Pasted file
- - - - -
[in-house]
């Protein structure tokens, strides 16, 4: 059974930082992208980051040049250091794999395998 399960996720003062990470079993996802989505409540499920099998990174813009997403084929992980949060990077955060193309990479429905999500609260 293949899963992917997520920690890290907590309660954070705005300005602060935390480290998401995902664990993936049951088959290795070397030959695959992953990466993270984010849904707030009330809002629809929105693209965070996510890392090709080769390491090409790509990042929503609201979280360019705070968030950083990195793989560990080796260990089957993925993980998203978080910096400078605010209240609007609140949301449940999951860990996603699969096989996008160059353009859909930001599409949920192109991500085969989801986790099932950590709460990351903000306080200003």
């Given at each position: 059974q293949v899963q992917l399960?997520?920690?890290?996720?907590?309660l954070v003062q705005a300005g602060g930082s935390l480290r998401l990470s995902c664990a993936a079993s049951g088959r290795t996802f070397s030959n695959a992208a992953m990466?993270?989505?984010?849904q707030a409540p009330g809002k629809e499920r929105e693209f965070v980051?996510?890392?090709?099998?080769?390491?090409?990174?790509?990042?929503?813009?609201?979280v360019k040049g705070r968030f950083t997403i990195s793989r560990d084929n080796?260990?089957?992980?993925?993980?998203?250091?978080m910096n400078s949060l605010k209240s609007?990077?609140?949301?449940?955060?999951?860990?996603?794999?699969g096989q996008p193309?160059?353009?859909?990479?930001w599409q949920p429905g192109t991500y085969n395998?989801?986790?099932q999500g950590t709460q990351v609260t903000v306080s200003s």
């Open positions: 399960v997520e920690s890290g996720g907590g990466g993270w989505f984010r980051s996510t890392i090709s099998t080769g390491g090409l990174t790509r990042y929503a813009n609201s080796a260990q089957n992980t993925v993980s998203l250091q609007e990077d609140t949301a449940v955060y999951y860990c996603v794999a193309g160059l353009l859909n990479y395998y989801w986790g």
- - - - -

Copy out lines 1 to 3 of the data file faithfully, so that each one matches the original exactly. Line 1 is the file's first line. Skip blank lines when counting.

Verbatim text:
[in-house]
């Protein structure tokens, strides 16, 4: 059974930082992208980051040049250091794999395998 399960996720003062990470079993996802989505409540499920099998990174813009997403084929992980949060990077955060193309990479429905999500609260 293949899963992917997520920690890290907590309660954070705005300005602060935390480290998401995902664990993936049951088959290795070397030959695959992953990466993270984010849904707030009330809002629809929105693209965070996510890392090709080769390491090409790509990042929503609201979280360019705070968030950083990195793989560990080796260990089957993925993980998203978080910096400078605010209240609007609140949301449940999951860990996603699969096989996008160059353009859909930001599409949920192109991500085969989801986790099932950590709460990351903000306080200003």
């Given at each position: 059974q293949v899963q992917l399960?997520?920690?890290?996720?907590?309660l954070v003062q705005a300005g602060g930082s935390l480290r998401l990470s995902c664990a993936a079993s049951g088959r290795t996802f070397s030959n695959a992208a992953m990466?993270?989505?984010?849904q707030a409540p009330g809002k629809e499920r929105e693209f965070v980051?996510?890392?090709?099998?080769?390491?090409?990174?790509?990042?929503?813009?609201?979280v360019k040049g705070r968030f950083t997403i990195s793989r560990d084929n080796?260990?089957?992980?993925?993980?998203?250091?978080m910096n400078s949060l605010k209240s609007?990077?609140?949301?449940?955060?999951?860990?996603?794999?699969g096989q996008p193309?160059?353009?859909?990479?930001w599409q949920p429905g192109t991500y085969n395998?989801?986790?099932q999500g950590t709460q990351v609260t903000v306080s200003s």